When Ashley was battling cancer, one of the biggest highlights of the year was the Timber Outdoor Music Festival. She shared it with her daughter Piper every year since the summer of 2013. The last couple of years, her family joined her and Piper at Timber. As you will see in the video below, the festival’s founder, organizer, and artist Kevin Sur paid a moving tribute to Ashley and her family from the stage. Ashley’s family will be there again this year to honor her and celebrate her life. They and thousands come to bask in the majesty of music, art, activities, community, and God’s glory, underneath a beautiful sky in a lovely little place called Carnation, Washington (Man, I love to ride around there)!

Timber Outdoor Music Festival... is not just a music event, it is a life event. It is a celebration of community, music, art, love, and life itself. It is something you share with your family. It is an experience that stays in your heart for the rest of your life . . . like Ashley. 

Regrettably, I will not be able to attend Timber! this year, since I am riding Seattle to Portland in 1 Day again and will be thinking of Ashley and her family the whole way down. I am making a promise to be there next year. I will take comfort in knowing that Ashley’s daughter Piper, Ashley’s mom, sisters, brother, nieces and best friend, will be there celebrating life and their “The Sunshine Girl” in a little slice of heaven called Carnation Washington… at the only festival that matters.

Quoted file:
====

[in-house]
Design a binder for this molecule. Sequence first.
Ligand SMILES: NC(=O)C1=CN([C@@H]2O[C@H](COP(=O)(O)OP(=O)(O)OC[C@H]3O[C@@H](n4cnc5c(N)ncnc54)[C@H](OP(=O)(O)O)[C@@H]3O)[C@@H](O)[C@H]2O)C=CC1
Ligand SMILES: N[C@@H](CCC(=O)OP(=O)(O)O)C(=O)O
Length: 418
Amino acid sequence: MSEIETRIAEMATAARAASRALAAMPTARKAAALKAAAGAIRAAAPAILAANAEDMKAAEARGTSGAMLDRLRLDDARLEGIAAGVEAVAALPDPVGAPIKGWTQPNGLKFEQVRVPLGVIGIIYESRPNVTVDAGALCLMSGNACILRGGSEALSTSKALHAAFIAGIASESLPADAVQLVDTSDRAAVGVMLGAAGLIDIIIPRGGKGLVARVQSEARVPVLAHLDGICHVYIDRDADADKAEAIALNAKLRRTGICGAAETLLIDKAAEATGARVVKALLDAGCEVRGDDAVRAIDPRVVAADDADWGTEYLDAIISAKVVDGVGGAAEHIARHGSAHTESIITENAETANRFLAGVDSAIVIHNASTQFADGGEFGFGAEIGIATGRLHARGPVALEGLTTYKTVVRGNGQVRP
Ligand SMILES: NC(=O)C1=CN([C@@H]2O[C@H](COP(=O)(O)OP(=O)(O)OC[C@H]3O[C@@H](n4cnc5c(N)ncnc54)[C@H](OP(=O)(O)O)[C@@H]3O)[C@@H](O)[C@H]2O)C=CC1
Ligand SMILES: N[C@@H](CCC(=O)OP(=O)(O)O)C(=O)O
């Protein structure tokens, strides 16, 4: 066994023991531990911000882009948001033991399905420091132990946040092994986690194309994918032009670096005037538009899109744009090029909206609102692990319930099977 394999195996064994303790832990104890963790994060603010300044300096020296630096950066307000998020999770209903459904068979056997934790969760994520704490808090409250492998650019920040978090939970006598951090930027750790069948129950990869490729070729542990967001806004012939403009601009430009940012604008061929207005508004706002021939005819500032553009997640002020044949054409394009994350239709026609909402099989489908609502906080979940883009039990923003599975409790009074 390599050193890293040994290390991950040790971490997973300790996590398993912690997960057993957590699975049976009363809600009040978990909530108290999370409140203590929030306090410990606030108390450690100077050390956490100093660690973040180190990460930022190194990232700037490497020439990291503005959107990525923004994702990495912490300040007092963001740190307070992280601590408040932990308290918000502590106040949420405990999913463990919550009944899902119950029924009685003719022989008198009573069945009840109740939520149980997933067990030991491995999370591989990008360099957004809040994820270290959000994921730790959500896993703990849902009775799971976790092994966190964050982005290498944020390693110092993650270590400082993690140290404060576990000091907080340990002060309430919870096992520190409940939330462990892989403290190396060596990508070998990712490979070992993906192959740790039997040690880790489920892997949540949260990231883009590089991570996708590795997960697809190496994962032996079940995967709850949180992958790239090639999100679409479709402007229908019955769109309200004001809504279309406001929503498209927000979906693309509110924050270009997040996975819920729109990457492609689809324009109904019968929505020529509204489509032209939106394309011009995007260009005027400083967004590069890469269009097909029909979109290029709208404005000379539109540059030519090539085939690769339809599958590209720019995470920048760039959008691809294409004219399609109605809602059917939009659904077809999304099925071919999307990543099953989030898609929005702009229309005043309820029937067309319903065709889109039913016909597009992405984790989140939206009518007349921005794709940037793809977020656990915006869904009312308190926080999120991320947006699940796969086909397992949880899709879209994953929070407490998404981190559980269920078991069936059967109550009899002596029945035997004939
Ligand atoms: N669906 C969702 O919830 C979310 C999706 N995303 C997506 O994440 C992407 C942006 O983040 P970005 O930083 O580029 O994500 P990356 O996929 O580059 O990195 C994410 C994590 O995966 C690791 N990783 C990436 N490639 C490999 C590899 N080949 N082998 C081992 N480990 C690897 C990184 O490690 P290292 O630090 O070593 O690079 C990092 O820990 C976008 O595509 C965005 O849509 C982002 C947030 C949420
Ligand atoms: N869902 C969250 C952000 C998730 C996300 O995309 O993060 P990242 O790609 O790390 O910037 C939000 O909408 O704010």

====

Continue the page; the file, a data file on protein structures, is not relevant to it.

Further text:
Below is a bonus content piece from our forthcoming film we produced to share the story of Ashley’s love for music and her relationship with Timber! The piece includes shots from Jason Tang and Seattle Music Insider editor, Abby Williamson. Once again, the theme music for the film was produced and performed by our music supervisor and Grammy contributing composer, Andrew Joslyn, who will also be performing at Timber! who along with the Passenger String Quartet will be performing with headliner, Mark Lanegan (Kevin Sur and Andrew collaborated on a project and performed at the Fremont Abbey in November of 2018). The narration of the video is provided by the voice of #WeRideWhy, Grammy Award winner, Michael “Wanz” Wansley (Macklemore)

Timber! takes place this weekend, July 11-13. Tickets are available at: https://summer.timbermusicfest.com/tickets/

If you want to know more about our forthcoming film, #WeRideWhy, you can view the official trailer here: http://weridewhy.com

SMI Founder honors mothers battling cancer with film #WeRideWhy

Music Lovers: #CureCancerFaster with Obliteride

#WeRideWhy benefit with The Gods Themselves

Not only is he a multi-media journalist, he is also an accomplished musician. He is the founder of SMI and drives the creative look, feel and branding for the publication. His years of writing, arranging, and performing live music in a variety of genres inform his ability to communicate the message and the mechanics of music. Roth’s work on SMI reflects his philosophy that music is the universal language, and builds community. He believes it has the power to unite people of every race, religion, gender, and persuasion.